Patterns of use changes in diagnosis during first admission

Yigal Ginaih, Jonathan Rabinowitz, Miriam Popper, Mordechai Mark, Michael Ritsner

Research output: Contribution to journalArticlepeer-review

2 Scopus citations


The goal of this study was to describe patterns of diagnosis and to explore the extent to which diagnosis changes during first-in-life psychiatric admissions. All 2,998 first admissions to Israeli psychiatric wards in 1989 were studied. Diagnosis did not change in at least 60% of the cases. Diagnoses in order of stability were: mental retardation (84%), substance abuse (82%), organic conditions (77.5%), neurotic (75%), schizophrenia (74%), personality disorders (73%), affective (68%), childhood (55%), paranoid (45%) and V-codes (22%). There was less change in diagnosis for patients over 45 (37.5%), than for patients aged 19ndash;44 (43.2%) and 15ndash;18 (57.8%). Diagnoses assigned at admission to first hospitalization are not likely to change during that hospitalization.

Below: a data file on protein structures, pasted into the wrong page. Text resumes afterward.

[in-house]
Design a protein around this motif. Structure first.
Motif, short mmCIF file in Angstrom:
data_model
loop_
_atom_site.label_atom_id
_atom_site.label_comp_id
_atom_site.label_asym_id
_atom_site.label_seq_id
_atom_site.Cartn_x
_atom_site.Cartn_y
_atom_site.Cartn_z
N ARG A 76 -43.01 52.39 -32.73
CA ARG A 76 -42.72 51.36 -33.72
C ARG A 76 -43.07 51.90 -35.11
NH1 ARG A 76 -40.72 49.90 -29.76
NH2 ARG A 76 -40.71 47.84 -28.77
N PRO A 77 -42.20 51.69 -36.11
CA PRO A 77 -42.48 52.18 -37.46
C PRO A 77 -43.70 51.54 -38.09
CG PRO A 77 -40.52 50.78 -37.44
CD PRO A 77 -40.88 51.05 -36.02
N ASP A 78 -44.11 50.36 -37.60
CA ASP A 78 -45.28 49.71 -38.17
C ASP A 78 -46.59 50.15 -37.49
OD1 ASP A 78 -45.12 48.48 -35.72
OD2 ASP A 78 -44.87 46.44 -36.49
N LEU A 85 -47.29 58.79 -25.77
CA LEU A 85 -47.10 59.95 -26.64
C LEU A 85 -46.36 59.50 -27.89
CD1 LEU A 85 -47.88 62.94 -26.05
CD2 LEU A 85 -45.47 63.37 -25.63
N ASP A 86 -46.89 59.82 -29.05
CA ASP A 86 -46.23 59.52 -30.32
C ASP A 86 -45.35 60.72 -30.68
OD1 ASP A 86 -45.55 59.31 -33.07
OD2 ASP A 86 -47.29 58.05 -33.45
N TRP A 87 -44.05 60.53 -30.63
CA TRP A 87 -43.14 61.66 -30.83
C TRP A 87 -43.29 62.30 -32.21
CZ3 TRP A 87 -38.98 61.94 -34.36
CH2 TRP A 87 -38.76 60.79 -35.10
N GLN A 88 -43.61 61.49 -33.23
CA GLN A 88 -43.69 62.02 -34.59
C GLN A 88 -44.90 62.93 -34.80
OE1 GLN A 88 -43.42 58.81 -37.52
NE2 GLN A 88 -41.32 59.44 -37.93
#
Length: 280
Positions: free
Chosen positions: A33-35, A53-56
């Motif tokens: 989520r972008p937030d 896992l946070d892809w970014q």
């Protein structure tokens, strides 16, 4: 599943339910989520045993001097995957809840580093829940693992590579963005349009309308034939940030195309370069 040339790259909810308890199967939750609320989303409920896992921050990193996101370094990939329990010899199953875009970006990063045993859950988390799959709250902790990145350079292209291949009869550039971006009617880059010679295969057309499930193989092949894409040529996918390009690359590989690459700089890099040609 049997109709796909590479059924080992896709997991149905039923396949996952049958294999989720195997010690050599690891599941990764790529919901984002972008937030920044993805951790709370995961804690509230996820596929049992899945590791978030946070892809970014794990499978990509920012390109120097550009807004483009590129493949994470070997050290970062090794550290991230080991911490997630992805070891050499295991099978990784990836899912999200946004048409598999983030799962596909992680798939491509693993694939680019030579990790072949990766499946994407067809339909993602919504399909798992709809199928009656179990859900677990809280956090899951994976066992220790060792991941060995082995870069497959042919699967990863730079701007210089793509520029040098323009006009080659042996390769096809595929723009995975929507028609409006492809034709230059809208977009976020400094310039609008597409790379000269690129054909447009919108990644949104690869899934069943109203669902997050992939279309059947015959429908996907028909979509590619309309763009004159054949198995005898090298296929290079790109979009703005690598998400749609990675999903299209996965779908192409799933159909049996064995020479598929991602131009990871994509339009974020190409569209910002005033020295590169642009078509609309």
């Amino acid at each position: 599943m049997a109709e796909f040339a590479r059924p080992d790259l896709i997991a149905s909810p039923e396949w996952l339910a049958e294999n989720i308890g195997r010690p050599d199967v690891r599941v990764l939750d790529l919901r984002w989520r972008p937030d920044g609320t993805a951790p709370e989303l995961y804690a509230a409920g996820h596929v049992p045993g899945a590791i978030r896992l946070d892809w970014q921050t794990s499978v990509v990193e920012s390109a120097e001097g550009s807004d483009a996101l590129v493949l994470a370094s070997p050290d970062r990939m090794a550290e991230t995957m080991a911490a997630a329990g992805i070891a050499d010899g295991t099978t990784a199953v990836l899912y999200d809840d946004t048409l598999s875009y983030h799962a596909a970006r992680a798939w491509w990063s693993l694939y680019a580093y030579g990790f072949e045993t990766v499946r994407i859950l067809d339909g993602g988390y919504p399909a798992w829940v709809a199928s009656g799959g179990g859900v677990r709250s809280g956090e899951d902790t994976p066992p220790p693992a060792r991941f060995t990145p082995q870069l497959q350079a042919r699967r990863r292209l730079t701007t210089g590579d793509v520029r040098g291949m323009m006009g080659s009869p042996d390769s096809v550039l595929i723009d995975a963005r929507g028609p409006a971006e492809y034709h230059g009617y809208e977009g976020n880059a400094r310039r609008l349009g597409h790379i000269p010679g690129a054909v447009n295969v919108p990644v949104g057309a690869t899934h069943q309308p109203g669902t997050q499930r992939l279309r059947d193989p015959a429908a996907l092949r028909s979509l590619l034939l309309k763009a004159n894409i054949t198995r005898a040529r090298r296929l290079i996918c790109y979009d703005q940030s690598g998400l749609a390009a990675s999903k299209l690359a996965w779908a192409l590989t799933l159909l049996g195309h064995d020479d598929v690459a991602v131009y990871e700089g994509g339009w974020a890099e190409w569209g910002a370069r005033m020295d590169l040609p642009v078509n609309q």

Original languageEnglish
Pages (from-to)39-45
Number of pages7
Issue number1
StatePublished - 1 Jan 1996
Externally publishedYes


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